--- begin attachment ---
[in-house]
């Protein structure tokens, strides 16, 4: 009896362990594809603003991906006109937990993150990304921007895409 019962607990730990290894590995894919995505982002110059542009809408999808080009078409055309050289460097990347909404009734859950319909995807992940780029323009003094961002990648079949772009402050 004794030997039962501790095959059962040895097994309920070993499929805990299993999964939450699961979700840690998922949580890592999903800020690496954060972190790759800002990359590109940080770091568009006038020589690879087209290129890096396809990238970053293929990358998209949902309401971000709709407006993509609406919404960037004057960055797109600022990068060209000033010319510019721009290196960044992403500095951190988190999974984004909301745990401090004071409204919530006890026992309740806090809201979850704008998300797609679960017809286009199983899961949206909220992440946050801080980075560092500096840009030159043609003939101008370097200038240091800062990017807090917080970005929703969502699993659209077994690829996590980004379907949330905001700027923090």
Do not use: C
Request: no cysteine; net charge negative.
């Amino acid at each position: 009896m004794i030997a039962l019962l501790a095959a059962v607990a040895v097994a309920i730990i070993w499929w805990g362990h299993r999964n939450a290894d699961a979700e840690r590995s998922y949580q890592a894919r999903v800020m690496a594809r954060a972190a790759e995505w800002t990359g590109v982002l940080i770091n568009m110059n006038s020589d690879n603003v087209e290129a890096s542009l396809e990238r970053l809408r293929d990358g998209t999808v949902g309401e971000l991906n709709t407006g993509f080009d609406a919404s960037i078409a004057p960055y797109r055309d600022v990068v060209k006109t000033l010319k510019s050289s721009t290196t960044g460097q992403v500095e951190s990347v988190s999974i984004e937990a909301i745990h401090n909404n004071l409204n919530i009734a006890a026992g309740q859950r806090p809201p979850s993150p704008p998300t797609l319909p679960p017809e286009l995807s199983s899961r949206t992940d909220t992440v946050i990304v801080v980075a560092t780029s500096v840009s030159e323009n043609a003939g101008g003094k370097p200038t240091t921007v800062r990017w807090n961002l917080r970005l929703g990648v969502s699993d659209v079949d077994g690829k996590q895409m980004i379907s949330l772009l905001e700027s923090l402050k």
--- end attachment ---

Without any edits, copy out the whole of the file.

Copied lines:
[in-house]
């Protein structure tokens, strides 16, 4: 009896362990594809603003991906006109937990993150990304921007895409 019962607990730990290894590995894919995505982002110059542009809408999808080009078409055309050289460097990347909404009734859950319909995807992940780029323009003094961002990648079949772009402050 004794030997039962501790095959059962040895097994309920070993499929805990299993999964939450699961979700840690998922949580890592999903800020690496954060972190790759800002990359590109940080770091568009006038020589690879087209290129890096396809990238970053293929990358998209949902309401971000709709407006993509609406919404960037004057960055797109600022990068060209000033010319510019721009290196960044992403500095951190988190999974984004909301745990401090004071409204919530006890026992309740806090809201979850704008998300797609679960017809286009199983899961949206909220992440946050801080980075560092500096840009030159043609003939101008370097200038240091800062990017807090917080970005929703969502699993659209077994690829996590980004379907949330905001700027923090």
Do not use: C
Request: no cysteine; net charge negative.
């Amino acid at each position: 009896m004794i030997a039962l019962l501790a095959a059962v607990a040895v097994a309920i730990i070993w499929w805990g362990h299993r999964n939450a290894d699961a979700e840690r590995s998922y949580q890592a894919r999903v800020m690496a594809r954060a972190a790759e995505w800002t990359g590109v982002l940080i770091n568009m110059n006038s020589d690879n603003v087209e290129a890096s542009l396809e990238r970053l809408r293929d990358g998209t999808v949902g309401e971000l991906n709709t407006g993509f080009d609406a919404s960037i078409a004057p960055y797109r055309d600022v990068v060209k006109t000033l010319k510019s050289s721009t290196t960044g460097q992403v500095e951190s990347v988190s999974i984004e937990a909301i745990h401090n909404n004071l409204n919530i009734a006890a026992g309740q859950r806090p809201p979850s993150p704008p998300t797609l319909p679960p017809e286009l995807s199983s899961r949206t992940d909220t992440v946050i990304v801080v980075a560092t780029s500096v840009s030159e323009n043609a003939g101008g003094k370097p200038t240091t921007v800062r990017w807090n961002l917080r970005l929703g990648v969502s699993d659209v079949d077994g690829k996590q895409m980004i379907s949330l772009l905001e700027s923090l402050k």